Representatives for TFA say this polarized discourse -- coupled with a rebounding economy -- is contributing to the group's drop in applications. A recent report from education consulting firm Bellwether Education Partners found that when potential candidates were asked why did not apply to TFA, 70 percent said criticism of the organization played a role.
"As we look ahead, we’re in a challenging context. Our competitors are up and running," Elisa Villanueva Beard, co-CEO of TFA, told The Huffington Post. "We’re competing with all the things that are exciting and emerging and new, all the things that are just attractive to this generation."
She continued, "We need to show people that if you want to be part of change and innovative and entrepreneurial ... there's no better place to go than TFA."
Part of the drop in applications is TFA's making, Villanueva Beard noted. The group scaled back on some recruitment efforts over the past few years, in part because "it just felt irresponsible to continue so aggressively when we were getting enough applications." The organization had 1,000 people on a waiting list just over two years ago, said Villanueva Beard.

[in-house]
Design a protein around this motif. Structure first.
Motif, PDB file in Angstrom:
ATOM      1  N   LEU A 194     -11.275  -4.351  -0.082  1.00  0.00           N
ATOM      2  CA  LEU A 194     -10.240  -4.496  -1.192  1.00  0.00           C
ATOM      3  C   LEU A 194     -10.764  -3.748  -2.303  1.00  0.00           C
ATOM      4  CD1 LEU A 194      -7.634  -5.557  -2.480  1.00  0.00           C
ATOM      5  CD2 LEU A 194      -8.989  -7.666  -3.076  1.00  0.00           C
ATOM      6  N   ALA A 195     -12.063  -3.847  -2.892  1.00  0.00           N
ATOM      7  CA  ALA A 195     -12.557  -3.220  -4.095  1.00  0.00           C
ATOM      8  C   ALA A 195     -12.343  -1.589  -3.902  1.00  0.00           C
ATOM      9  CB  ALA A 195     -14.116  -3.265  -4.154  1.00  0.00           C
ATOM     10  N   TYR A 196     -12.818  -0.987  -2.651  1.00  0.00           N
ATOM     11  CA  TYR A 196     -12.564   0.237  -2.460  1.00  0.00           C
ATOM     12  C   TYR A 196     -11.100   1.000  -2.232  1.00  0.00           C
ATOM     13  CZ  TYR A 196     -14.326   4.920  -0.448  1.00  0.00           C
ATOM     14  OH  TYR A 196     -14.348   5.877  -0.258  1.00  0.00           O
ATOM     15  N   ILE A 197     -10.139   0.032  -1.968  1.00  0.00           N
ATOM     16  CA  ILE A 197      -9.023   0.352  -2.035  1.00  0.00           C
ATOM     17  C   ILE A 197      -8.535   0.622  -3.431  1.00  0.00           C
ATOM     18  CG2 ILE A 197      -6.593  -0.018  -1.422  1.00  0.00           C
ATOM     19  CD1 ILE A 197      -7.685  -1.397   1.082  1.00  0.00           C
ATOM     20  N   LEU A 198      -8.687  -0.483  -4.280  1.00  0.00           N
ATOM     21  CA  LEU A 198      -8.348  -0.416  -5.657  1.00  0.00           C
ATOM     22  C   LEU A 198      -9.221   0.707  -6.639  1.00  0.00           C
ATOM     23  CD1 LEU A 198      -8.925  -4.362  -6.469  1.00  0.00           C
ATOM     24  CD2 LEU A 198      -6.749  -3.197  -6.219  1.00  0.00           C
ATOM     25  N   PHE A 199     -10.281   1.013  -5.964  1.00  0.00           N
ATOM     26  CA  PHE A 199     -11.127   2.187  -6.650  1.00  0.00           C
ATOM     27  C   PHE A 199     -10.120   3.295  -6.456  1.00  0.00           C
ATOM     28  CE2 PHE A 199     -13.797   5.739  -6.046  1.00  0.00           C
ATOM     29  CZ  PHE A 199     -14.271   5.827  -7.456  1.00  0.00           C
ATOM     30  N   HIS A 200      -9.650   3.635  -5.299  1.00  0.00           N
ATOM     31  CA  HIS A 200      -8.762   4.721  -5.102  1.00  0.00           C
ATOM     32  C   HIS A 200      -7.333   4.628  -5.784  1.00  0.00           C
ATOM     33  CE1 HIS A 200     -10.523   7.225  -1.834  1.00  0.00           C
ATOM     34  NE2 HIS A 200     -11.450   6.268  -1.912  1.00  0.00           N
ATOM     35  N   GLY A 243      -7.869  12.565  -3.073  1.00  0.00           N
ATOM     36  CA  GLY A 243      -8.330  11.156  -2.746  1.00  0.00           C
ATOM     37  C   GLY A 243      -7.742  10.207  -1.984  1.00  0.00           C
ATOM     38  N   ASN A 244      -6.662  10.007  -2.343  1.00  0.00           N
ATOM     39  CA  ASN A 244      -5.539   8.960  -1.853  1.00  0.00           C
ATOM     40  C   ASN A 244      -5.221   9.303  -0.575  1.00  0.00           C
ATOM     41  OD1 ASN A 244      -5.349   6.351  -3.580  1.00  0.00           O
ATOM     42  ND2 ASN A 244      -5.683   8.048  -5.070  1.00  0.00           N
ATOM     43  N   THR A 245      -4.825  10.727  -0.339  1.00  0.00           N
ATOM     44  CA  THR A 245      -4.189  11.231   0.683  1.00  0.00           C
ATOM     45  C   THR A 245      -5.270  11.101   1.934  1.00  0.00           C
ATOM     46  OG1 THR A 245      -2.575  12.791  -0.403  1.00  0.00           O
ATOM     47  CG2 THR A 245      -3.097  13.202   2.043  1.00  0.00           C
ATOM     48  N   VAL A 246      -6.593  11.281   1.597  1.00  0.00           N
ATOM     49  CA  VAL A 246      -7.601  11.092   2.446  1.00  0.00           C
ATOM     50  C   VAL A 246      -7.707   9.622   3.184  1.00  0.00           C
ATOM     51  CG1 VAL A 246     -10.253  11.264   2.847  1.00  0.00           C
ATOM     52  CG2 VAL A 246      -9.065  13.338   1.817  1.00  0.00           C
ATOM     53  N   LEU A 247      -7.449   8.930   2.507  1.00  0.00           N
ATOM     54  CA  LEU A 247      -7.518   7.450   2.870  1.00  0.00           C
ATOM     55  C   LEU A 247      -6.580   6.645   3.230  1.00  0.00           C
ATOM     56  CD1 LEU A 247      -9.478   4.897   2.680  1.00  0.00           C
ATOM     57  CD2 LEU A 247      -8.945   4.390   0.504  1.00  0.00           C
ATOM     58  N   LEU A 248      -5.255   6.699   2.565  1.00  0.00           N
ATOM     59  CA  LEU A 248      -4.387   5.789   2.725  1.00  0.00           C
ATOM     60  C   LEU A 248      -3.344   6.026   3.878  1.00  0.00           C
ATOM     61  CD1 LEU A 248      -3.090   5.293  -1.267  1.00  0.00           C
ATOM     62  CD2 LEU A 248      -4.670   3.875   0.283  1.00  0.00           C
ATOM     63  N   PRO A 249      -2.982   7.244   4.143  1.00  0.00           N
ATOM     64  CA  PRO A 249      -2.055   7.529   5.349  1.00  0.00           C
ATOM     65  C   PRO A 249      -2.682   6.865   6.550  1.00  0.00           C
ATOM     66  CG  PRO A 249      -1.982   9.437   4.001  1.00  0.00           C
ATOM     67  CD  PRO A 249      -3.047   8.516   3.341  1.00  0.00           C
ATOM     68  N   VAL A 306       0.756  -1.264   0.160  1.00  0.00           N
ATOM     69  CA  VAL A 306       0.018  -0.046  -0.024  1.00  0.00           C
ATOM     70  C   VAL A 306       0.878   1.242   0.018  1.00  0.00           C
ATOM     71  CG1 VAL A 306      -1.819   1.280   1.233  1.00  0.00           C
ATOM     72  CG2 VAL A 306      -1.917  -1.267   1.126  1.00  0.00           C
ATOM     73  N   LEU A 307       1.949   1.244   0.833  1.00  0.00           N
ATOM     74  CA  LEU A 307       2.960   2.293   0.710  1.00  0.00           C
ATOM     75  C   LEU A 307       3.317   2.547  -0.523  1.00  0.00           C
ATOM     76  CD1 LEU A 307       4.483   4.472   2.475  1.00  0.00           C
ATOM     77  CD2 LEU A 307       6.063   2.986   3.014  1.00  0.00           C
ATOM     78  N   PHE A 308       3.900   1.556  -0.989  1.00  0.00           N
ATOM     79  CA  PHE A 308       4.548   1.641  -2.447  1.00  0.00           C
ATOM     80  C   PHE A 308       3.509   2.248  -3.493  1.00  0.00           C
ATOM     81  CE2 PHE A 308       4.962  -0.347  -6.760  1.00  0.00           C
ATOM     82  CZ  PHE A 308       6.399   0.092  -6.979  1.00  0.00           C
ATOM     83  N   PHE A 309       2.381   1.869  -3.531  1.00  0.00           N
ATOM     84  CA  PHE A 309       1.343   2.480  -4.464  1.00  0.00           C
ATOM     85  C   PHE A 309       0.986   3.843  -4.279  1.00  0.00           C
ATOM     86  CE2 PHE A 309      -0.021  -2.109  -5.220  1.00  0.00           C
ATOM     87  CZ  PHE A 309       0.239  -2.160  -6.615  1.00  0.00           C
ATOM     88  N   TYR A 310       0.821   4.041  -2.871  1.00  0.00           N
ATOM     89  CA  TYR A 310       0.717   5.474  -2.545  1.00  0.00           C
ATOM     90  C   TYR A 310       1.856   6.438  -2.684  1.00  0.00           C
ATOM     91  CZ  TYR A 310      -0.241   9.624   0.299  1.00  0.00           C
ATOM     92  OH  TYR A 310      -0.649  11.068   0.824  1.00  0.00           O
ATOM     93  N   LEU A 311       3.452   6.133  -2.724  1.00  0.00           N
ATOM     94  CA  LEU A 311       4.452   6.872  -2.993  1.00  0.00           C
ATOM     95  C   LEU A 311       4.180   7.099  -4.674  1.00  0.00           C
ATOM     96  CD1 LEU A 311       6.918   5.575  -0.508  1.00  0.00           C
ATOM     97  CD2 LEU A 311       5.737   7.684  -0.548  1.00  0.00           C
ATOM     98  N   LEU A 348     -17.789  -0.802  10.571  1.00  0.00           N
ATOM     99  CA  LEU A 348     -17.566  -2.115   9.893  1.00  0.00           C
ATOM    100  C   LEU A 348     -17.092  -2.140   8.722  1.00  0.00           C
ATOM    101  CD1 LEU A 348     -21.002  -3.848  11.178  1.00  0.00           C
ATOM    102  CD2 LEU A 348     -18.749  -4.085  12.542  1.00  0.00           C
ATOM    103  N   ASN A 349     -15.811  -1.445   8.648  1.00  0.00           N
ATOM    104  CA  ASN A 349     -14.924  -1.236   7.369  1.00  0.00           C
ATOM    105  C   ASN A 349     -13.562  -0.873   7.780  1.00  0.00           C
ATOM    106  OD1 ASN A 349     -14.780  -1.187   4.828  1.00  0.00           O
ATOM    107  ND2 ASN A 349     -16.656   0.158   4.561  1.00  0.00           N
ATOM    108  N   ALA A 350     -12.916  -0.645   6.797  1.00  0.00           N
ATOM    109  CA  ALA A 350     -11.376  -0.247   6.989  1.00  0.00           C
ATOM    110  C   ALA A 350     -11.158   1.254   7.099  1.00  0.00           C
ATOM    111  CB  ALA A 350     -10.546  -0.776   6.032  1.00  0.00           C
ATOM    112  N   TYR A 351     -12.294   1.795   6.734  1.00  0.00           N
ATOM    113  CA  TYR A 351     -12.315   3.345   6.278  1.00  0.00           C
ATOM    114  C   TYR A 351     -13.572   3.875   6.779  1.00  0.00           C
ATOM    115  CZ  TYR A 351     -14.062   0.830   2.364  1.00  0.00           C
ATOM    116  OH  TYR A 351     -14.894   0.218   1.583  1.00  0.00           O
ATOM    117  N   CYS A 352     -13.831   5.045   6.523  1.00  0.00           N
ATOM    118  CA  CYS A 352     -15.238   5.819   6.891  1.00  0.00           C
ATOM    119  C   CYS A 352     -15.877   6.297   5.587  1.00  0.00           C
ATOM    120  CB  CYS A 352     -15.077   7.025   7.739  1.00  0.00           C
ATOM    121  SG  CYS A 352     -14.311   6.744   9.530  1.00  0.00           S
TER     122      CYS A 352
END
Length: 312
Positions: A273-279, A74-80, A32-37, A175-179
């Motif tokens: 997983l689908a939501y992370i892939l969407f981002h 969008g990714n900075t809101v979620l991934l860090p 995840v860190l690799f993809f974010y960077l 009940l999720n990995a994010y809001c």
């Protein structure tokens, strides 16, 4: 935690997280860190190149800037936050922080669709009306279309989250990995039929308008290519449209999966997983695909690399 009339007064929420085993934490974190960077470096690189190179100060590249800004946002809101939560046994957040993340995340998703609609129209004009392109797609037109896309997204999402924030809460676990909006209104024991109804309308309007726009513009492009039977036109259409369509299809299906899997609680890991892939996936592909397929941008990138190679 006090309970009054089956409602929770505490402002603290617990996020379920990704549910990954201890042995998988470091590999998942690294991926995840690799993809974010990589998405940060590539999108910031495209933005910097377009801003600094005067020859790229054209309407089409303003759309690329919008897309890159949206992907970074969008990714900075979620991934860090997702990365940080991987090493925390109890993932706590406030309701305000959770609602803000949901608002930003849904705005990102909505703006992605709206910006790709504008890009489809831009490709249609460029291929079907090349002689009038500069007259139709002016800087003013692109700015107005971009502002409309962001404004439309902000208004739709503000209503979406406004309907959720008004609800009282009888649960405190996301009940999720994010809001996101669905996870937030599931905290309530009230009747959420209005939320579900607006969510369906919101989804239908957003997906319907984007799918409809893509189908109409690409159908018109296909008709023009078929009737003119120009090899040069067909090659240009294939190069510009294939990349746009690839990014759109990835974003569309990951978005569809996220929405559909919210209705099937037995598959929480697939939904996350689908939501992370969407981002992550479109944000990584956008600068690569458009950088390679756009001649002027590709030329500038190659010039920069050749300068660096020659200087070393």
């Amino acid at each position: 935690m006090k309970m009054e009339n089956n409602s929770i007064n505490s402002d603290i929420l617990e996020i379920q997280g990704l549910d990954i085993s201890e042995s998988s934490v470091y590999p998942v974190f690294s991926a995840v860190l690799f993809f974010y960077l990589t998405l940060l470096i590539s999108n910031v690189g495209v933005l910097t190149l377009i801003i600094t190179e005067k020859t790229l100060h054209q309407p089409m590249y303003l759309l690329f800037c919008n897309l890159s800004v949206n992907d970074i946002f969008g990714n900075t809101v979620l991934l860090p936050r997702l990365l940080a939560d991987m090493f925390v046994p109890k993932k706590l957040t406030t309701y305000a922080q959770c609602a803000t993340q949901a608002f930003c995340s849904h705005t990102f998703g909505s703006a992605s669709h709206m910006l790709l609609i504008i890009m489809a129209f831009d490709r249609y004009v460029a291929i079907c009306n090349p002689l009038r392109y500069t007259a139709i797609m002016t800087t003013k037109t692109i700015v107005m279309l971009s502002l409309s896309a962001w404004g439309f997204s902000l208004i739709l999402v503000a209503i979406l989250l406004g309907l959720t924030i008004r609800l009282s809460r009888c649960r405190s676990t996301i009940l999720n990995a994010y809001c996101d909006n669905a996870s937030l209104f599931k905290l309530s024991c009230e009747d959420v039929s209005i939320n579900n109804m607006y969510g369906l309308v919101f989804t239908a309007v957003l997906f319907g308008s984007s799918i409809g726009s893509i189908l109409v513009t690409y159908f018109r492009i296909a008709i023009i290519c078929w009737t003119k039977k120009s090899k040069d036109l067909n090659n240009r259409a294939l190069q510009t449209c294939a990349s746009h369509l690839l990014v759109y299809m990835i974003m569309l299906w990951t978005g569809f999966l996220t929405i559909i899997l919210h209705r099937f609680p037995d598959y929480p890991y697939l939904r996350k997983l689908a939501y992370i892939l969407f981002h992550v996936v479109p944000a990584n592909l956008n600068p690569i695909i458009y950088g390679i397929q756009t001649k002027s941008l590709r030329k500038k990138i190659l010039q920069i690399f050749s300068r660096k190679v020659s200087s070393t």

Notably, teacher preparation programs throughout the country have also seen a drop in applications in recent years.
None of these factors stopped Hannah Katz, a recent college graduate and newly accepted corps member, from joining TFA, even though she said she received pushback from peers. Katz, 22, will start teaching in a few weeks in the Tulsa Public School District, where she grew up.
"My choice, both just to teach and join TFA, was met with some confusion from people," said Katz. "I think that because you hear a lot of press about how hard teaching is and badly teachers get treated, people were like, 'Why would you want to go into that?'"
Katz, who attended a magnet elementary school, says she is inspired to teach after seeing what happened to some of her peers who did not move into the same application-based high school as she did.
"My friends who went to my high school ended up at Yale," said Katz, a graduate of Hendrix College in Arkansas. Her friends who went to different high schools "ended up on a different track, a path that had fewer opportunities."
The organization is taking steps to try and reverse the downward trend in applications. Indeed, demand from school districts around the country who want to staff their classrooms with corps members remains high.
The organization spent the summer developing plans to reach out "to prospective corps members much earlier -- as freshmen and sophomores in college -- and engaging them in ways that give them a fuller picture of what Teach For America does," TFA's head of national communications, Takirra Winfield, wrote in an email. "In this new landscape, we are doubling down on how we attract this entrepreneurial generation to join us; how we train and support them to be the best possible teachers for their students and commit themselves to this work for the rest of their lives."